510's are fun as well but expensive due to the cult following and underpowered unless you totally tweak the motor. I put an S-2000 motor in my 510 which makes it a fun track car and super dependable. It was a ton of work however.

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    likes to left foot brake. passmenow's Avatar
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    a 74/75 911 would be the least expensive pre smog 911 platform.
    73 and older long hood 911s are a little more expensive.
    Try a 74/75 911 with an 80s 3.2 (230hp) or a 90s 3.6 (280hp) and a close ratio gear box, very reliable.
    But a smog legal Miata or S2000 might be cheaper to buy and service.
    Better yet a truck and trailer and a dedicated race car = then just smog your truck not your track toy.

    I'd consider a early Trans Am Replica, 70 Mustang or Camaro but it might not be reliable enuf to drive to the track.
    Video of my registered and insured pre smog 911.

    a_jl39363s.jpga_jl39583s.jpga_jl39558s.jpg
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    74 911 RSR+.
    88 Imsa Camaro.
    93 Imsa Camaro.

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    Alfa Romeo GTV. What a great way to look cool going slow.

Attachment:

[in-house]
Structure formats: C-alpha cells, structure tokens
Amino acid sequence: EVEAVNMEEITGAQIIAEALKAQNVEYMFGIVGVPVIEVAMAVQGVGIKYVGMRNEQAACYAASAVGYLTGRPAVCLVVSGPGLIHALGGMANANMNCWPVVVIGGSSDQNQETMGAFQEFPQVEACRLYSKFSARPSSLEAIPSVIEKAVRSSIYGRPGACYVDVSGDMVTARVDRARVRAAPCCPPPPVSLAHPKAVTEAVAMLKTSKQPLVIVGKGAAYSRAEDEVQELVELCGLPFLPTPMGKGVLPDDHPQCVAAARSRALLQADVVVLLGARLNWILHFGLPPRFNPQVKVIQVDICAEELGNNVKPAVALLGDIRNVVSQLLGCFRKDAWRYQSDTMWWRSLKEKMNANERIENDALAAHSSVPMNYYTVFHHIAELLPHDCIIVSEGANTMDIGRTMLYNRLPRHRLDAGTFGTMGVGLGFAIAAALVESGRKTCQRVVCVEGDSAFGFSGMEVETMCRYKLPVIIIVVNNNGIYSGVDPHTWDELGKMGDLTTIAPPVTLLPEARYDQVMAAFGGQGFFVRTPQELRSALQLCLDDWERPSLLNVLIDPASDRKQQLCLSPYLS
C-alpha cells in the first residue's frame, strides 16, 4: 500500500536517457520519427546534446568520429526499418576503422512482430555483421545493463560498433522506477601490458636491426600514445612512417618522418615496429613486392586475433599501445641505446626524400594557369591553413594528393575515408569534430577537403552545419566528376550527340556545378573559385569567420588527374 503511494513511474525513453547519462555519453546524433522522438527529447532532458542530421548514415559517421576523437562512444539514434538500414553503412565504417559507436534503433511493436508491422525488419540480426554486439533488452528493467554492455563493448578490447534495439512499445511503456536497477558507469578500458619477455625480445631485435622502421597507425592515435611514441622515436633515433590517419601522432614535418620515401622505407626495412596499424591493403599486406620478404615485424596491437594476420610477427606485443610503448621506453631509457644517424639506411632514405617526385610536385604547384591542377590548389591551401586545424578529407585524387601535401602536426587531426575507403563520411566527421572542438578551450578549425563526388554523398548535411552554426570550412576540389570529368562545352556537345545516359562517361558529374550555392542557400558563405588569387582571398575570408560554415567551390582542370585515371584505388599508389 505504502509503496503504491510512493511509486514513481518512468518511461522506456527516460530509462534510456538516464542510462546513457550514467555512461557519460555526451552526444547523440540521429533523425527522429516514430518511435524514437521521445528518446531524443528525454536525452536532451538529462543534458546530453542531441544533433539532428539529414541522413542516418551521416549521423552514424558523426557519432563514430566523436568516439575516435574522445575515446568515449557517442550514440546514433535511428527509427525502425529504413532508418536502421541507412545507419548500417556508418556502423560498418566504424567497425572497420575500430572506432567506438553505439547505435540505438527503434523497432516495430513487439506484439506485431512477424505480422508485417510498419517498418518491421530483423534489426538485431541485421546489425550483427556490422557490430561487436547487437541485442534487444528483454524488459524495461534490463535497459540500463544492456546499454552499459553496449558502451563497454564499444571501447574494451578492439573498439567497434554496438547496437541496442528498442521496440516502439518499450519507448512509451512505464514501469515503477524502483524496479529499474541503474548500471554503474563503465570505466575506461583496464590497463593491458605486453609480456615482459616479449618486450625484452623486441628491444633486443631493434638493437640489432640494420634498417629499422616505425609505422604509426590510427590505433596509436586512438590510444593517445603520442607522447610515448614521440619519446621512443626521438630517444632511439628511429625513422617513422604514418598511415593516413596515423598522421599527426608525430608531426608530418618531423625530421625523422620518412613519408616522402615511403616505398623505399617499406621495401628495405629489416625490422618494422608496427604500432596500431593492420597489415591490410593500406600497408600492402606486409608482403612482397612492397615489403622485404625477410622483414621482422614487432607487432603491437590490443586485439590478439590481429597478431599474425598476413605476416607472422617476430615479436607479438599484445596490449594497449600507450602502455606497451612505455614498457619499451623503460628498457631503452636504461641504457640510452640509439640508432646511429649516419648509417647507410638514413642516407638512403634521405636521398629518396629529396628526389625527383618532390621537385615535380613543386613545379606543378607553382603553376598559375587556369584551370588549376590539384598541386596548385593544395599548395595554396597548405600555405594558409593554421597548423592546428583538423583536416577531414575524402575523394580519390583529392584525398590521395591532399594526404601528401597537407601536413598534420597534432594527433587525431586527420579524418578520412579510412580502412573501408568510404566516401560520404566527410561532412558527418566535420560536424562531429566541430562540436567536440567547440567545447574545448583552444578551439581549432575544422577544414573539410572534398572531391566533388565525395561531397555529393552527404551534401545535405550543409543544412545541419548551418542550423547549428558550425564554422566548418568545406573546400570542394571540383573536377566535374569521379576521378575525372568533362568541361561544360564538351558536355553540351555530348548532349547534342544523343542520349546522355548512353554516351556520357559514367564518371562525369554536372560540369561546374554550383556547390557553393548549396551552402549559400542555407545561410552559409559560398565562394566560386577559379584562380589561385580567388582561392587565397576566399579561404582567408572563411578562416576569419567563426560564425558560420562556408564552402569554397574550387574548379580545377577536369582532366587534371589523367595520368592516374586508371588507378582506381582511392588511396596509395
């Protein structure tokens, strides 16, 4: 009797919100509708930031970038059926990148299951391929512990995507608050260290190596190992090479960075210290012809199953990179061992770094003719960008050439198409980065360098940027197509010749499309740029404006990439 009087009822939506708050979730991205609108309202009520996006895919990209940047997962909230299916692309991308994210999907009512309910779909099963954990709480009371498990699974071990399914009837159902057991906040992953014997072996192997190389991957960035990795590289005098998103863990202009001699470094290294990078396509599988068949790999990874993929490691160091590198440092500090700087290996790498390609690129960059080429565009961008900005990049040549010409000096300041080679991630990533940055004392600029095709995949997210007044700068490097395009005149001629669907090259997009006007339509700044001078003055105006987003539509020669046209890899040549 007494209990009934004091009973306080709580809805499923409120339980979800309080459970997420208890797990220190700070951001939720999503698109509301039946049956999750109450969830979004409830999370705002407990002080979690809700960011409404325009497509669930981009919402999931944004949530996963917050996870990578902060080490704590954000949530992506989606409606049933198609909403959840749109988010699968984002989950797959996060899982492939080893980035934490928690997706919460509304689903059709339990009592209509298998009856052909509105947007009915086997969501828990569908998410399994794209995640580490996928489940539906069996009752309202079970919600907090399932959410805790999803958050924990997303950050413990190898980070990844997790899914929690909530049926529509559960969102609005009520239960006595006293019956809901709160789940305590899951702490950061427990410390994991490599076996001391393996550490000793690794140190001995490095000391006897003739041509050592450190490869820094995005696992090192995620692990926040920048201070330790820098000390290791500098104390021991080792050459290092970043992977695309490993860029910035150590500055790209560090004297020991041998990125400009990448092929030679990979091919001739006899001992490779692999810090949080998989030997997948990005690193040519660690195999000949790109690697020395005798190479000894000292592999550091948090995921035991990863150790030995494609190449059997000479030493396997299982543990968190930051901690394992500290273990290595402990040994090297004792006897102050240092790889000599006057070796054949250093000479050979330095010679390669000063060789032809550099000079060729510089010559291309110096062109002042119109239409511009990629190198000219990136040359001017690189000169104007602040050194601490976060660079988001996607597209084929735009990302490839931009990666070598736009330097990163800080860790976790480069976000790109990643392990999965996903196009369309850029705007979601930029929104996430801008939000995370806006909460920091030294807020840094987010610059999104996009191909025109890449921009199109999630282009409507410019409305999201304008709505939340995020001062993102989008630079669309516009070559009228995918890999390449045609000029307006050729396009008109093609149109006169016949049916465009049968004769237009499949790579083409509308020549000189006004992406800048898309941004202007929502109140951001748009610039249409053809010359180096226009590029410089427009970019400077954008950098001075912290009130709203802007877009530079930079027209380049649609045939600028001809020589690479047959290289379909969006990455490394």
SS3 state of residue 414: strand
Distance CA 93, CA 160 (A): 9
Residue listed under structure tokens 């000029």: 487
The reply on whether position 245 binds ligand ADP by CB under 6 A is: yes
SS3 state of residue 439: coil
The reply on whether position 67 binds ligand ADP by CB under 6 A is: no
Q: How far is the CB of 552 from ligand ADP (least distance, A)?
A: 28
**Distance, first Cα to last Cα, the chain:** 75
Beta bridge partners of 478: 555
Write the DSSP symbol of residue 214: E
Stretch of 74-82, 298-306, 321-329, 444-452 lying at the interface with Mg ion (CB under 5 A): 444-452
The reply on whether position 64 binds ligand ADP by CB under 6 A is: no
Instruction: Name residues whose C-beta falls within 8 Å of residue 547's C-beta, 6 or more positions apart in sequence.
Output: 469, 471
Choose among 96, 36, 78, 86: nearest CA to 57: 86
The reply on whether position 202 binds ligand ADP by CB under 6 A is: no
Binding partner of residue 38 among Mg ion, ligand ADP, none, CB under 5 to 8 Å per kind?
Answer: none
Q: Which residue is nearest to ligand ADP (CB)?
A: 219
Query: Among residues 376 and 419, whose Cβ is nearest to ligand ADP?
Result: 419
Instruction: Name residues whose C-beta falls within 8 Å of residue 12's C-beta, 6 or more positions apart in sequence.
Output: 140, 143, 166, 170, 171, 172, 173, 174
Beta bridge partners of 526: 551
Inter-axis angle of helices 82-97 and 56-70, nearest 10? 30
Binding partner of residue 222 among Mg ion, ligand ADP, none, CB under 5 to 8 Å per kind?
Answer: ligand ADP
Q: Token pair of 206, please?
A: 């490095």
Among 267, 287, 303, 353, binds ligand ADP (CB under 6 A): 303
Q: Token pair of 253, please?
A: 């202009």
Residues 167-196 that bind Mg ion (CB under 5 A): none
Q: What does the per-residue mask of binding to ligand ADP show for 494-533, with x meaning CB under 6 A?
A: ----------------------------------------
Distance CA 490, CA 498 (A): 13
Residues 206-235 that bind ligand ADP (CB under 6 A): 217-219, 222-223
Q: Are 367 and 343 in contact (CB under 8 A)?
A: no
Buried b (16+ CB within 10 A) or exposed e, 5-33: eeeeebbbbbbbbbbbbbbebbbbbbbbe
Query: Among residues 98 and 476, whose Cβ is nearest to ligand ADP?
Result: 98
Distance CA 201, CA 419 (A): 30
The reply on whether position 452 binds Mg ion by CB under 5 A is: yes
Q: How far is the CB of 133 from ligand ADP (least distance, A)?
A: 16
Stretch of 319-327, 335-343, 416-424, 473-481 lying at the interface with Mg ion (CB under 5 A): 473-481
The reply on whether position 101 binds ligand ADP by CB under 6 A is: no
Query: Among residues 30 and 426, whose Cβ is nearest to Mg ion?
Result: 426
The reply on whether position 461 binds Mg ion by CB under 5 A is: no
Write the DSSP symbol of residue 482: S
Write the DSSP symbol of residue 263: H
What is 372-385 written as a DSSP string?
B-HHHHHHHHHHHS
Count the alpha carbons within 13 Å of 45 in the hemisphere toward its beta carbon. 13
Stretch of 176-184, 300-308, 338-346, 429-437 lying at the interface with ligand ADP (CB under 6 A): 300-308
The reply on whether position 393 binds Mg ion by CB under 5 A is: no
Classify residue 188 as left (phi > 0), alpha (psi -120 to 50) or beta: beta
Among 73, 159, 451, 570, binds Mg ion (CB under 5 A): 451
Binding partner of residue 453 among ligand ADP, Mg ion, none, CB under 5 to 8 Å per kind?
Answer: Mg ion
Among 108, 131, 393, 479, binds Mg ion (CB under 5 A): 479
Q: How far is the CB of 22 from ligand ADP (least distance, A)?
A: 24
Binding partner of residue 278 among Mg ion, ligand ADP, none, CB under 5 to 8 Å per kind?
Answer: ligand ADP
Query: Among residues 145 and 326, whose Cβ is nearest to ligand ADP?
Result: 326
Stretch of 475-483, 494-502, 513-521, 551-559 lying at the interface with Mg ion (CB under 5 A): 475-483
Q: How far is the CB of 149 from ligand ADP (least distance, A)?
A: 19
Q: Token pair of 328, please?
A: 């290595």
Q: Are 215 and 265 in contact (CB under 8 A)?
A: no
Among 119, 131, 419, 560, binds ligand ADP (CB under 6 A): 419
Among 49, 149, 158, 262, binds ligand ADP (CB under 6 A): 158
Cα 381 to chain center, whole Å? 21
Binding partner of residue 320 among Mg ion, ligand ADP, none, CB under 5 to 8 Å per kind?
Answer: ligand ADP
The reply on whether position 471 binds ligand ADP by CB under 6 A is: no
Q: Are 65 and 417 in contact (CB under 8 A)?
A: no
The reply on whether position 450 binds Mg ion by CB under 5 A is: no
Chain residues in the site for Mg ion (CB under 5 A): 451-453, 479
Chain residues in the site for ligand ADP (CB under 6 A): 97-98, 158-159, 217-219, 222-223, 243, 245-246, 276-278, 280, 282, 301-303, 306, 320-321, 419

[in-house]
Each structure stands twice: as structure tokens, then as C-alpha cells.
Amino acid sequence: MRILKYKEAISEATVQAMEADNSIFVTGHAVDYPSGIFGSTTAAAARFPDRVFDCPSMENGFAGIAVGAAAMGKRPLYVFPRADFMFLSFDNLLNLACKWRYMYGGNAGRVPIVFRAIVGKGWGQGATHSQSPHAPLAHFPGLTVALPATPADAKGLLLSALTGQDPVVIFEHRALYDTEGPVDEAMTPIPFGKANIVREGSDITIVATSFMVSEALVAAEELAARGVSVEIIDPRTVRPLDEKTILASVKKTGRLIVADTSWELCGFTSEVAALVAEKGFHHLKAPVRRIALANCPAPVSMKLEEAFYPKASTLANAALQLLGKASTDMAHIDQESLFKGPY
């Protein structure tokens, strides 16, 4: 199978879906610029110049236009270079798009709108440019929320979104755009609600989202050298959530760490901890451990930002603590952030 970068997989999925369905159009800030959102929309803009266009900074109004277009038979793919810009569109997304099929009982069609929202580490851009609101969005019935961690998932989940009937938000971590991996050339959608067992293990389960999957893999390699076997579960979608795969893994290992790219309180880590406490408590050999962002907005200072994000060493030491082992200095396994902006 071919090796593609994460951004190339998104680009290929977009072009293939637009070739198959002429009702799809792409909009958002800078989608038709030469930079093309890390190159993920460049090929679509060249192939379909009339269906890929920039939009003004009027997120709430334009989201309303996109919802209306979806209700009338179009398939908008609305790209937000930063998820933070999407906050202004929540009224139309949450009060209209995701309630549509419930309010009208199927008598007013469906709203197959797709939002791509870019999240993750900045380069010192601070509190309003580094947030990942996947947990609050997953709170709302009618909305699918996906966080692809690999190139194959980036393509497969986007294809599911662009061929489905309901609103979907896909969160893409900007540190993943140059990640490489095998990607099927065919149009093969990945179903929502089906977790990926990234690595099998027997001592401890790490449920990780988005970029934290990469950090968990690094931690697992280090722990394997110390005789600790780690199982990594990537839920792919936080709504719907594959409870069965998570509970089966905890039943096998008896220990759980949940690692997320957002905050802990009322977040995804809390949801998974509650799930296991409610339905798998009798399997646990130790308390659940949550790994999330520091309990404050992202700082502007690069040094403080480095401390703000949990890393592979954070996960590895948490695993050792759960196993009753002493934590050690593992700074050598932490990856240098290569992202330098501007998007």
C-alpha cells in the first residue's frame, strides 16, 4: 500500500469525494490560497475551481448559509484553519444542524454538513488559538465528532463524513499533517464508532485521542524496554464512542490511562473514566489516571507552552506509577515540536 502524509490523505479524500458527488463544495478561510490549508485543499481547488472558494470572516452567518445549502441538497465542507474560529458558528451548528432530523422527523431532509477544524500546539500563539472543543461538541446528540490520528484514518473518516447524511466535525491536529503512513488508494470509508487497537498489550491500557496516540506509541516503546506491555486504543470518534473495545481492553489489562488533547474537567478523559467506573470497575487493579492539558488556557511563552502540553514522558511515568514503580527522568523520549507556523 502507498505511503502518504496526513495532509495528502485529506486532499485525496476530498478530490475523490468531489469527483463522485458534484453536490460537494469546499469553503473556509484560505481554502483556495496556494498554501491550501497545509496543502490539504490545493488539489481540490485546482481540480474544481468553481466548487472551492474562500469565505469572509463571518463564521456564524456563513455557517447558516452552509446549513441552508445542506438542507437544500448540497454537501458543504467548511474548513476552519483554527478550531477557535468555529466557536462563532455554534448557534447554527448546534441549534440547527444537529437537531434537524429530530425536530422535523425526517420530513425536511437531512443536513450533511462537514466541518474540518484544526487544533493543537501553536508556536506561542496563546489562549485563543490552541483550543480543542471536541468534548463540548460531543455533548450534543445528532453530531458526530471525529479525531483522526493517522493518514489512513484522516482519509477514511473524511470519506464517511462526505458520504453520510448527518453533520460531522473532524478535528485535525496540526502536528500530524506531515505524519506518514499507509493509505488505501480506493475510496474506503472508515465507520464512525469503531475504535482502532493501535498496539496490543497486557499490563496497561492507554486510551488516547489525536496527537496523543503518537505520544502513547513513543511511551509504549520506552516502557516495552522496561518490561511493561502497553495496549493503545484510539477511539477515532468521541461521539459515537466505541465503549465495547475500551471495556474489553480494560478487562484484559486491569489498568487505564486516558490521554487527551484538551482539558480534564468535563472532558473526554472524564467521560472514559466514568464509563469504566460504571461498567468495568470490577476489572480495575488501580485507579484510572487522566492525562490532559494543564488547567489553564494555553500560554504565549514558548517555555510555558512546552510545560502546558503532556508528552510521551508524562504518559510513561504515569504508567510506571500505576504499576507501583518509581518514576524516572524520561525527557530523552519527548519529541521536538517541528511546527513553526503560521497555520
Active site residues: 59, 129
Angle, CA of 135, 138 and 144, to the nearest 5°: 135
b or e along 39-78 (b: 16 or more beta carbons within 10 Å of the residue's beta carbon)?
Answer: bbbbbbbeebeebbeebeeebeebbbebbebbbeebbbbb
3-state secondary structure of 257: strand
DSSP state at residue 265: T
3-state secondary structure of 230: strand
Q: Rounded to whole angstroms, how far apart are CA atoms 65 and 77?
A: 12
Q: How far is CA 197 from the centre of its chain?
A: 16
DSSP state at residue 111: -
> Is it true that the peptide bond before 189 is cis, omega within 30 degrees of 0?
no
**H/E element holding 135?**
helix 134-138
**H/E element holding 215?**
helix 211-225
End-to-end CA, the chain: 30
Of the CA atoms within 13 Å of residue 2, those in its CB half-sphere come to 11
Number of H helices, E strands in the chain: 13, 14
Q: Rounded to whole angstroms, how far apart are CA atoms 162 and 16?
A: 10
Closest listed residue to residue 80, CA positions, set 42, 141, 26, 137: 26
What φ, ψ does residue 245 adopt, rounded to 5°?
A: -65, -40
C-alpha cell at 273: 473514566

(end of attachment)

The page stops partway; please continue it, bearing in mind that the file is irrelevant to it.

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    The deposed former Sheriff of trackHQ . . .

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    2004 Honda S2000 AP2 6-MT - track day car
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    Administrator ucfbrett's Avatar
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    I'm digging this thread.

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    Senior Member Silversprint's Avatar
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    Older 911s are getting super expensive. I have a 70 911 targa and it's unbelievable what these cars are selling for now. As indicated before the only affordable pre-smog years are 74-75.

    911s are fantastic however most survivors are just too nice too expensive to track. I think the 914 would be much less expensive. A subaru or LS1 swap in a 914 makes for a fun little toy.

    Here is a pair of 914s that were on ebay recently. Including a trailer. I believe the cars are still available.

    Porsche 914/6 Race Cars | eBay
    MR2 Spyder 2zz turbo
    Mazda RX7 FD
    Porsche 911E

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    Haven't read into how to do the whole no smog pre-75' cars thing... Can you just get a pre-75 and add more modern parts to it like a 70' VW Beetle with a 90's 1.8T running midship with a Miata front/rear subframe and suspension? Just how far can you go with this? Do you simply need a pre-75 VIN (with a body attached, of course) and you're good to go?

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    enjoys driving fast Jack Olsen's Avatar
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    Yes.

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    Master of Disaster SteveLevin's Avatar
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    If you are going to swap stuff, don't forget about looking for a 912, perhaps? If you just want the bodyshell and a pre-smog VIN, that might be a less expensive starting point.

    Steve